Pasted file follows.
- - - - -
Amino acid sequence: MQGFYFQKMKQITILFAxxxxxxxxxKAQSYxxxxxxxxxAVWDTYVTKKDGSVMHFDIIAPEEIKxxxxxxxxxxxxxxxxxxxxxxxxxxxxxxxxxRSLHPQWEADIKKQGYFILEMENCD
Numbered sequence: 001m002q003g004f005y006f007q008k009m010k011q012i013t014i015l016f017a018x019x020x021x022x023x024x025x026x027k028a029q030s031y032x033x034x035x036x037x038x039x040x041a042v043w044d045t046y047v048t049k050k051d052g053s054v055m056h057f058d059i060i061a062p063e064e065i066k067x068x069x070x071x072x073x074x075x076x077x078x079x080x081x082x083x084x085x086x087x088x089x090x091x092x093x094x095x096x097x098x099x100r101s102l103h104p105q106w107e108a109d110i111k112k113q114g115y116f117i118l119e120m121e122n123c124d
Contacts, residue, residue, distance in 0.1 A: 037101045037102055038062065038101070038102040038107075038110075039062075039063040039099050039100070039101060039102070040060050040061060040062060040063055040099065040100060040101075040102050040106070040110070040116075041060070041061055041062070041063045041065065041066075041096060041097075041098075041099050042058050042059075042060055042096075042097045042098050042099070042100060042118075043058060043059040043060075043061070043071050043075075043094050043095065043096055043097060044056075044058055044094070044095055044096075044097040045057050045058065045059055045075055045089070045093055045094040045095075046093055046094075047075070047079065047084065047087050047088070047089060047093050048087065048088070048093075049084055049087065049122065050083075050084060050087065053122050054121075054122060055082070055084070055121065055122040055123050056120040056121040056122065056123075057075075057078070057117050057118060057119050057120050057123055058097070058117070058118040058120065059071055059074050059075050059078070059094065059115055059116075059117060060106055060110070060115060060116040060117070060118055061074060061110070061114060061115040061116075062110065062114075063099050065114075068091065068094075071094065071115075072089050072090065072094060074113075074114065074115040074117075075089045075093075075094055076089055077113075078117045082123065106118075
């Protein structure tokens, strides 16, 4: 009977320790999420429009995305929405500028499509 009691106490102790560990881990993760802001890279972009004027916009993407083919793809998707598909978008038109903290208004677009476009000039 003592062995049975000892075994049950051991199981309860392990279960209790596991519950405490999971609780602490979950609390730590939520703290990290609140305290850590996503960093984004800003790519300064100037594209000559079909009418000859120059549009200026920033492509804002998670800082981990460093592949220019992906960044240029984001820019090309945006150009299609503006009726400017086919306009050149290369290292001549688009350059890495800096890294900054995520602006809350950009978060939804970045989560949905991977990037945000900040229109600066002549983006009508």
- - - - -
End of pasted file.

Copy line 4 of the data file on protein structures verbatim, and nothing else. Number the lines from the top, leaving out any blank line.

């Protein structure tokens, strides 16, 4: 009977320790999420429009995305929405500028499509 009691106490102790560990881990993760802001890279972009004027916009993407083919793809998707598909978008038109903290208004677009476009000039 003592062995049975000892075994049950051991199981309860392990279960209790596991519950405490999971609780602490979950609390730590939520703290990290609140305290850590996503960093984004800003790519300064100037594209000559079909009418000859120059549009200026920033492509804002998670800082981990460093592949220019992906960044240029984001820019090309945006150009299609503006009726400017086919306009050149290369290292001549688009350059890495800096890294900054995520602006809350950009978060939804970045989560949905991977990037945000900040229109600066002549983006009508």